For the first time, an inscription on a milestone has been deciphered on the Roman road to the east of the Sea of Galilee. The discovery by researchers at the University of Haifa served as greetings to contemporary Israelis from the year 236 CE.
The name of the Roman emperor Maximinus Thrax, who lived between 173 and 238 and was also known as Maximinus I, ruled for only three years, until 238 CE.
In the year 238 (which came to be known as the Year of the Six Emperors), a senatorial revolt broke out. Maximinus advanced on Rome to put down the revolt, but was halted at Aquileia, where he was assassinated by disaffected elements of the Legio II Parthica.
Thrax’s name was identified for the first time on the stone mill – cylindrical stones that marked the ancient Roman roads, according to the latest study of the ancient city of Hippos – Susita on a hill overlooking the Sea of Galilee (Kinneret).
Dr. Michael Eisenberg of the Zinman Institute of Archeology at the University of Haifa, who heads the excavations at Susita, said this was the first inscription that the researchers could identify on the milestones on the road from Susita at the east of the Sea of Galilee to Banias in the southern Golan Heights.
“Since the road itself was built in a much-earlier period, the name of the emperor is apparently indicative of extensive renovations that took place during that period, when the Roman Empire was in decline and extensive construction works of this sort were carried out,” Eisenberg said.
The ancient city of Susita was exposed 20 years ago by a delegation from the Institute of Archaeology. This exposure enables the Nature and Parks Authority to develop the Susita National Park during these months for public visits. As Susita was the only city in the Golan area, the researchers wanted to learn about the relationship between it and its agricultural hinterland and its villages in the Roman and Byzantine periods. In the last few years, the research has been carried out from the city’s borders to the Susita area in the middle of the Golan Heights.
As part of the “descent from the mountain,” Eisenberg and colleagues sought to examine the stone that was located north of the Sea of Galilee and is now in the garden of one of the residents of Kibbutz Ramot. Milestones were placed at fixed distances of one Roman mile (about 1,480 meters, which is 1,000 double steps) from the city and along the road.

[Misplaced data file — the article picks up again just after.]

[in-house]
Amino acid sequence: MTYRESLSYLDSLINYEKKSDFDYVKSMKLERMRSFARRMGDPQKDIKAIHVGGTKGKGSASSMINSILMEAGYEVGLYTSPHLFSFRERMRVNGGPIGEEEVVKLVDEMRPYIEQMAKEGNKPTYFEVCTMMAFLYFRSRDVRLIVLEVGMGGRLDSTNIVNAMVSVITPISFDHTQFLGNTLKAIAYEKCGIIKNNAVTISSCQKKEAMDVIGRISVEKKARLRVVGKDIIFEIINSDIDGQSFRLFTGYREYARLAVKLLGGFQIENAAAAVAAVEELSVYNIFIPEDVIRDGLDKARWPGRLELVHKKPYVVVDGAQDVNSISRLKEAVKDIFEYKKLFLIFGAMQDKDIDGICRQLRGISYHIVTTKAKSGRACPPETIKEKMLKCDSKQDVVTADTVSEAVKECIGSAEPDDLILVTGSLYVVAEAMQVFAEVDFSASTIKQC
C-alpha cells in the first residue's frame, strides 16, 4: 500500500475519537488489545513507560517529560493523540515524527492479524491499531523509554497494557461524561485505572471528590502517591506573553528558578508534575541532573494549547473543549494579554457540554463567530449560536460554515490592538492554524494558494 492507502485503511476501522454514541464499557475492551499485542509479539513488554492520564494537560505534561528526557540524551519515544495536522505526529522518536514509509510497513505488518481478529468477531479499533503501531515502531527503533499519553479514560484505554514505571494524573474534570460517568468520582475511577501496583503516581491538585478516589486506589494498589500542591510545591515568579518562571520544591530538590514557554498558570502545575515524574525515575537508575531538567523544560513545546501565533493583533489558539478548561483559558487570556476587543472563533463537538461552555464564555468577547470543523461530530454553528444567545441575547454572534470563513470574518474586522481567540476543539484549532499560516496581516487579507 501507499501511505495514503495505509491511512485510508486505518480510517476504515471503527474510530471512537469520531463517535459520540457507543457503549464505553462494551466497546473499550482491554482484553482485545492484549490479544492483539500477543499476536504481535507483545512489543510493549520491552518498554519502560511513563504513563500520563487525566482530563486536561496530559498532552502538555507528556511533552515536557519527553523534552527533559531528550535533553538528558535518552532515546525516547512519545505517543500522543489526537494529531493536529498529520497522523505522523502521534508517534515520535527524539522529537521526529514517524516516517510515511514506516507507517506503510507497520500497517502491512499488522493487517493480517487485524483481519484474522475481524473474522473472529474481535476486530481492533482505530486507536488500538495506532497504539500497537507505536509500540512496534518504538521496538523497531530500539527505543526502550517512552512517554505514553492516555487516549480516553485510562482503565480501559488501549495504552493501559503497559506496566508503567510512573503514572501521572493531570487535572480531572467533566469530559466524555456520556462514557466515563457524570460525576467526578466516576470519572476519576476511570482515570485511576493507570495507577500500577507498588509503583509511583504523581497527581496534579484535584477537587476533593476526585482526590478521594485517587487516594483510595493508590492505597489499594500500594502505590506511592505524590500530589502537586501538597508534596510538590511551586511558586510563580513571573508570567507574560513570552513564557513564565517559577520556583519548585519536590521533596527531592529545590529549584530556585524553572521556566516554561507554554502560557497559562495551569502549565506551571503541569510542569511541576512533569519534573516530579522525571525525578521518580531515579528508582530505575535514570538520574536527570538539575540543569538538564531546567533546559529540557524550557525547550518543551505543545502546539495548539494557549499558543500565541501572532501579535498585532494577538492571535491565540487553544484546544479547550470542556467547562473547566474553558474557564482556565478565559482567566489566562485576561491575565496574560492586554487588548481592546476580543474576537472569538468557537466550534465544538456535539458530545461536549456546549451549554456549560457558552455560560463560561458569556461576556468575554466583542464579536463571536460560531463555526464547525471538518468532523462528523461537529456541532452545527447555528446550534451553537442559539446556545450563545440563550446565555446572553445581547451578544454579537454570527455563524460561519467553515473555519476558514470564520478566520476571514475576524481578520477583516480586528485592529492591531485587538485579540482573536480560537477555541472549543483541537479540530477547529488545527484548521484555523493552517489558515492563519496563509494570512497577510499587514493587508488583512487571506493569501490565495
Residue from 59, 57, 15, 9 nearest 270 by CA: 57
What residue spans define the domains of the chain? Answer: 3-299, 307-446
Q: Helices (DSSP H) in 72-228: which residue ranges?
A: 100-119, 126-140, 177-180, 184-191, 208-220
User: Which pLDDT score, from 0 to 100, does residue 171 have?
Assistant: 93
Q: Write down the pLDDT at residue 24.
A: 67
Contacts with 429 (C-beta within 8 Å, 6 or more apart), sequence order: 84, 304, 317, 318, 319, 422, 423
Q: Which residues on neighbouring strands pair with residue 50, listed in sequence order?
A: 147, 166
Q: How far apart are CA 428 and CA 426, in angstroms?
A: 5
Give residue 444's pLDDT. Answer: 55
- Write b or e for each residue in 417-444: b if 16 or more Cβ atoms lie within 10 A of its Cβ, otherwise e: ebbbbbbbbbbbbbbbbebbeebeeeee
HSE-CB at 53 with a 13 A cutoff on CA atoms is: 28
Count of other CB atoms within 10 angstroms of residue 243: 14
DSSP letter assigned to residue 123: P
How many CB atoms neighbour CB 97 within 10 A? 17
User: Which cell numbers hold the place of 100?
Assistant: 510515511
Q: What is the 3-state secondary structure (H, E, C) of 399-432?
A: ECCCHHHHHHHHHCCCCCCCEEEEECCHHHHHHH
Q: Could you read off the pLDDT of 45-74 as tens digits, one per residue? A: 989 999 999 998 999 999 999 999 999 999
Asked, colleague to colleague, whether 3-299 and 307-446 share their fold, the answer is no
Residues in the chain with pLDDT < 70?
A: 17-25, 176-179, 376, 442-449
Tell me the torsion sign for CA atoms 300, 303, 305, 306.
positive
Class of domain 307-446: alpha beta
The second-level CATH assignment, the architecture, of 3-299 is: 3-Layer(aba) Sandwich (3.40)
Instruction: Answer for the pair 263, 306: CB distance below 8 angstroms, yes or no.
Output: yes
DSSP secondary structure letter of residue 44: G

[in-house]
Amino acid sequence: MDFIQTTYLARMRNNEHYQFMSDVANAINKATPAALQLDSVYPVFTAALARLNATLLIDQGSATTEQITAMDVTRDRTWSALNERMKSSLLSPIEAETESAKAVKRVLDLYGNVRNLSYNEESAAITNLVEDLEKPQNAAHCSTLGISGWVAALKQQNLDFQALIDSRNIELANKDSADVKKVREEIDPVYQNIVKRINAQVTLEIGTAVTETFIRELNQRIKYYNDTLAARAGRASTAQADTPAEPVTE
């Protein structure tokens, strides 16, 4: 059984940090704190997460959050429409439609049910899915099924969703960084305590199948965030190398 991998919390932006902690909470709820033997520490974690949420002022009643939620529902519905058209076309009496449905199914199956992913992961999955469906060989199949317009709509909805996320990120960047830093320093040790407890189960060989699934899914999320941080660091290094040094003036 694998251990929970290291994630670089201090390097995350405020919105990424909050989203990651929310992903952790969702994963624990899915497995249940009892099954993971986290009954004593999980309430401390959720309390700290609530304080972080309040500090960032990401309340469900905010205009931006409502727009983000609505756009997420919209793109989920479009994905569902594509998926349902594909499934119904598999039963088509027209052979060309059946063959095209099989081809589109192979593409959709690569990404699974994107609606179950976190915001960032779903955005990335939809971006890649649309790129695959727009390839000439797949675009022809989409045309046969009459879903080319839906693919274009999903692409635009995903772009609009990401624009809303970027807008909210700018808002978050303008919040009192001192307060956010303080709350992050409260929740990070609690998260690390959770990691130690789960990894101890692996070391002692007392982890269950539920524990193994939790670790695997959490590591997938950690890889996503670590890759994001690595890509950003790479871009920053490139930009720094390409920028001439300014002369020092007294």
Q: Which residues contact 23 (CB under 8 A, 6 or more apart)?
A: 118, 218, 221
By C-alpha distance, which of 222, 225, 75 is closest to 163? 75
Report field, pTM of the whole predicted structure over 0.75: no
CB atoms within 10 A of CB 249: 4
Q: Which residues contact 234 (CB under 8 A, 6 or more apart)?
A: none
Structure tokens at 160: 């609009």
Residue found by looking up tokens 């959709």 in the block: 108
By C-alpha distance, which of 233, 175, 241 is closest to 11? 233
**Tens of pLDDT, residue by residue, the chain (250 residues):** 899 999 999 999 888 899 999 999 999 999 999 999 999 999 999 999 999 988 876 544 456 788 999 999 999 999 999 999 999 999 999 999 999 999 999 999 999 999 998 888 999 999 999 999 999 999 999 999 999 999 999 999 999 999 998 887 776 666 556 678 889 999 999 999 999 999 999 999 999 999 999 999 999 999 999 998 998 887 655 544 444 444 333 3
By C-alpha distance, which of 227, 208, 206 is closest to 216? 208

In the case of Susita, the milestones were placed along the Roman road of the eastern Kinneret, which continued from Susita and ended in Banias in the northern Golan. Over the years, several milestones have been found on this road, but only one of them contains evidence of the writing – which the researchers have not yet succeeded in deciphering.
The person who came to the aid of the Israeli researchers of the Susita expedition was Dr. Greger Stab of Germany’s University of Cologne, an expert on ancient Greek inscription, who succeeded in identifying the name of the emperor. Over the years, researchers have attempted advanced and sophisticated methods of 3D scans, which were unsuccessful.
In addition to Thrax’s name, that of his son and his list of titles also appear in the inscription. “Over the years, researchers have tried advanced and sophisticated methods of 3D scanning, which have not succeeded. Now that we have come back to the older method of making a copy using paper under pressure from the basalt stone, we succeeded in reading it,” the researchers said. Since the road was built many years earlier, researchers assume that the meaning of the carving of the name of Emperor Thrax on the stone indicates extensive renovation work carried out in the same years.
In the middle of the 3rd century CE, the Roman Empire was in decline, and until now it was not clear to us whether during this period, the main route of the eastern part of the Sea of Galilee and the Golan Heights was still active – and as a result, what were the commercial and social connections between the cities. The evidence of renovating the road testifies to the fact for the first time that even during this period, it was still used. The milestones served not only to designate the distances and give travelers a feeling of security, but mainly for propaganda by the Roman government, which wanted to show its control via the main roads in the past and the present. They were meant to declare: “Do not forget that these are part of the Roman Empire,” Eisenberg suggested.
Another finding uncovered by the researchers this year is a small citadel, which is also outside the gates of Susita, at a lookout point above the road, today west of Mevo Hama in the southern Golan Heights.
According to Eisenberg, its strategic location did not escape the attention in the 20th century of the Syrians, who established a military position here prior to the Six-Day War over the ancient remains.
The results of the research on the Roman administration and army in the Susita area were presented this month during the university’s annual archaeological conference.